Rev. Tom Sorenson, Pastor

March 2, 2003


Let us pray: May the words of my mouth and the meditations of all of our hearts be acceptable in your sight, O God, our strength and our redeemer. Amen.

In Markís account of the Transfiguration that we just heard, Peter comes across as awfully confused, nonplussed maybe by what he had just seen. Or maybe itís Mark who is overwhelmed by the experience he is here recounting. In any event, Mark has Peter making a statement in response to the heavenly vision before him: "Rabbi, it is good for us to be here; let us make three dwellings, one for you, one for Moses, and one for Elijah." This statement suggests that Peter had his wits about him. He finds the vision of Jesus transfigured and speaking with the two great prophets extremely appealing. He doesnít want it to end. He wants to make it permanent. Letís institutionalize it, he is saying in effect, so that it will always be available to us. So far, so good. But then Mark says this about Peter: "He did not know what to say, for they were terrified." Wait a minute! You just told us what Peter said. How can you now turn around and say that Peter didnít know what to say?

Interestingly, Matthew and Luke, both of whom took this Transfiguration story from Mark, had the same problem here. They both changed Markís wording to make the problem go away. Matthew made it go away by deleting the phrase "he did not know what to say" and moving the line about them being terrified from the earlier point in the story where Mark has it to later, after they hear the Divine Voice. Luke resolved it by changing Markís "He did not know what to say" to "not knowing what he said." They both felt a need, apparently, to remove the disconnect between Markís quote of Peter and his statement about Peterís and the other disciplesí fear and inability to speak. Let me suggest, however, that Mark has the better wisdom here despite the apparent inconsistency in his presentation between Peterís statement and his inability to know what to say.

To explain what I mean, letís look at what Peter and the other disciples experienced here. In contemporary terms we would call it a numinous experience, that is, an experience in which our ordinary perception is suspended and replaced by a supernatural perception of an altered reality, often of the immediacy of the Holy, the Divine, before our eyes or in our ears. People really do have such experiences. They are recounted untold numbers of times in the religious traditions of people all over the world. Here the disciples whom Jesus took with him up the mountain both saw and heard manifestations of the Holy. They saw Jesus transformed by the infusion of the pure light of God. They saw two great figures from their religionís past, both long since dead (well, Elijah wasnít so much dead as taken up into heaven, as we heard in the Hebrew Scripture reading this morning). And they heard a voice from a cloud that could only be the very voice of God. In other words, they experienced in an extraordinarily powerful way the immediate presence of God, of the Holy, before and with them.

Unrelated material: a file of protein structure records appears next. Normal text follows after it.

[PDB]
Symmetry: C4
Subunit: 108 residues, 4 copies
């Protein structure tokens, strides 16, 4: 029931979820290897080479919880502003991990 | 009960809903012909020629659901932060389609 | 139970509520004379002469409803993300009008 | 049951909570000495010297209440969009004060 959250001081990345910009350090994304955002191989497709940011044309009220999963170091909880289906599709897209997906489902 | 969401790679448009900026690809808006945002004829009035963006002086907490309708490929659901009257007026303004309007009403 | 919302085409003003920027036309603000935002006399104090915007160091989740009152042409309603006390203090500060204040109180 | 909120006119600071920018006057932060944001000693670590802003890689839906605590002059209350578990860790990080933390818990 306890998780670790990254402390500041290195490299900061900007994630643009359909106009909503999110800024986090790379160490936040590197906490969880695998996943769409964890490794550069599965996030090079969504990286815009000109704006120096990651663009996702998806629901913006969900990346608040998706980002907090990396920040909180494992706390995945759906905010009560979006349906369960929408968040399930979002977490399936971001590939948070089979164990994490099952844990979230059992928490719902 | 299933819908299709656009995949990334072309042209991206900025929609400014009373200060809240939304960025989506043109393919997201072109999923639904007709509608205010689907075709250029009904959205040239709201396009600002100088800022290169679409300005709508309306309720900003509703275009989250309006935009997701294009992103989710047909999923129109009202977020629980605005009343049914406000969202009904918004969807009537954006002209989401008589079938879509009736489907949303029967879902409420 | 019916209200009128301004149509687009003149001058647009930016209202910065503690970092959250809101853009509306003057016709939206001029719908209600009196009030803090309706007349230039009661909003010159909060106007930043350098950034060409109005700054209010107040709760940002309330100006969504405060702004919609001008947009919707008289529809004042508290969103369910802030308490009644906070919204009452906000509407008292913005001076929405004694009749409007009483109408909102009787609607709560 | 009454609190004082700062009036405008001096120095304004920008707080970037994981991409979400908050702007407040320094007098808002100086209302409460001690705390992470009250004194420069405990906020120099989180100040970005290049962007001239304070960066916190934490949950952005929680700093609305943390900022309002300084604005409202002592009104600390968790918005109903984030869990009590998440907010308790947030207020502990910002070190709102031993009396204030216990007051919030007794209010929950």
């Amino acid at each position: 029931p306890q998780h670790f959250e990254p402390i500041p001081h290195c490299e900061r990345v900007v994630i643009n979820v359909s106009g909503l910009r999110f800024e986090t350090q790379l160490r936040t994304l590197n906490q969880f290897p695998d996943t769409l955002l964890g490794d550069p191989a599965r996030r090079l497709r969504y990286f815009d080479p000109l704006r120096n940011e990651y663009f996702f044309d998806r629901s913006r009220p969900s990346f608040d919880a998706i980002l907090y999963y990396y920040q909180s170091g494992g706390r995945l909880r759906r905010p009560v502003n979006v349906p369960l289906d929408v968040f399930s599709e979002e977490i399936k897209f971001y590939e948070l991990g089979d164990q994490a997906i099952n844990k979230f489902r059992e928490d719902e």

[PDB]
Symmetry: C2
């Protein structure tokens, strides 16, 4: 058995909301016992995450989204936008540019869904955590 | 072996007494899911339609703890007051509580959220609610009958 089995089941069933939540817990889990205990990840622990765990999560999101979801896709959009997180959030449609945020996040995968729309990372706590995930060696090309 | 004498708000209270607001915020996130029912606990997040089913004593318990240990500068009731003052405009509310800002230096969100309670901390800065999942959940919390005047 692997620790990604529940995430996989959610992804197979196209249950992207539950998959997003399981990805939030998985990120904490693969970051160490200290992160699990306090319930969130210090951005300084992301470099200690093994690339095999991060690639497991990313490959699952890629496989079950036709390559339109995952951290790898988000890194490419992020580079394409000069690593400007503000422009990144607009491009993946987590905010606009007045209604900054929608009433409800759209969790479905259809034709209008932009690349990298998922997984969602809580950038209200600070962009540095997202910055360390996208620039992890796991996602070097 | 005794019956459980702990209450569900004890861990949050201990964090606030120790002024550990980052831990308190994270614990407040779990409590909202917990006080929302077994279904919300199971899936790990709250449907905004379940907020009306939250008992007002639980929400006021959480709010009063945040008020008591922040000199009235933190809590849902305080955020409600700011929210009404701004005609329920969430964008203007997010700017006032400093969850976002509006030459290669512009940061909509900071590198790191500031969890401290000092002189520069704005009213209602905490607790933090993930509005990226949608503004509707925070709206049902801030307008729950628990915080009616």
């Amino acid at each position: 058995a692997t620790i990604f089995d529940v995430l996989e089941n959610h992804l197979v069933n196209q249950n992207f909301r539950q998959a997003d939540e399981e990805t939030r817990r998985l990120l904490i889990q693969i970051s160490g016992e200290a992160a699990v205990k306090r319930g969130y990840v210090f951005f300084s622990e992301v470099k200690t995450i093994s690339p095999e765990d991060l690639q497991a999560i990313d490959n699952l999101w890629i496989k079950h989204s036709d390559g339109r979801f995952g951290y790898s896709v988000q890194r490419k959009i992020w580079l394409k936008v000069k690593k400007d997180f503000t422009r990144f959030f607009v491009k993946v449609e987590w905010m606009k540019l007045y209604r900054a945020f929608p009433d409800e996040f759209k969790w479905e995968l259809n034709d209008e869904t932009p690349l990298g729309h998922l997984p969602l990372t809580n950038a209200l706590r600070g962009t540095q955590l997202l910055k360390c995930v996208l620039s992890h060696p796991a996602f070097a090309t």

And that experienced provoked two seemingly contradictory responses in them that tell us a great deal about the nature of God and of our experience of God. One response was attraction. We, along with some theologians, might call it fascination. The immediate vision of the Holy is profoundly attractive. When we have it, we want it never to end. It draws us in. It comforts and elates us. It lifts us up out of our ordinary world (symbolized here perhaps by the fact that the Transfiguration took place on a high mountain apart and separate from the rest of the world), and we donít want to go back down. We may be comfortable with this part of the experience of the Holy. Some of you, like me, have perhaps had experiences that contain faint echoes of the experience recounted here. Even those faint echoes are profoundly attractive. We wish they were with us always.

But a true experience of the Holy has another side to it. This side we all too often forget in our attempts to domesticate God, to transpose God into Dog, one who is always at our side simply to comfort us and, when properly trained, to guide us (but only where we want to go). Yet this other side of the experience of the Holy again is reported throughout human cultures. The Holy is not only fascinating. It is also terrifying. A true experience of the Holy overwhelms us. It scares us. It shuts us up and leaves us speechless. You see, the Holy is so utterly beyond anything in our ordinary, creaturely experience that when we come face to face with it we donít know what to make of it. We love it. Weíre fascinated by it. And at the same time it terrifies us, just like it did Peter and the others. Maybe you, like me, have experienced faint echoes of this side of the experience of the Holy as well. Iíve had it on occasion in the sacrament of the Eucharist that we are about to celebrate. Have you ever felt almost overwhelmed with awe at the prospect of actually taking Communion, actually communing with the immediate, real presence of Christ, in the sacrament? Have you ever felt almost unable to do it because that sense of awe at the presence of the Holy virtually paralyzes you? I have. That feeling is, I think, something faintly like Peterís feeling that led Mark to write that he didnít know what to say and was terrified.

So letís not try to make the contradiction go away, like Matthew and Luke did. Letís embrace it. When we donít, our image of God can easily become far too tame, far too comfortable. God is our comfort and our guide. But if we forget that God is also terrifyingly awesome we will reduce God to what we want God to be rather than feeling ourselves challenged to become the people God wants us to be. And if we do that we will have failed in our calling as Christians.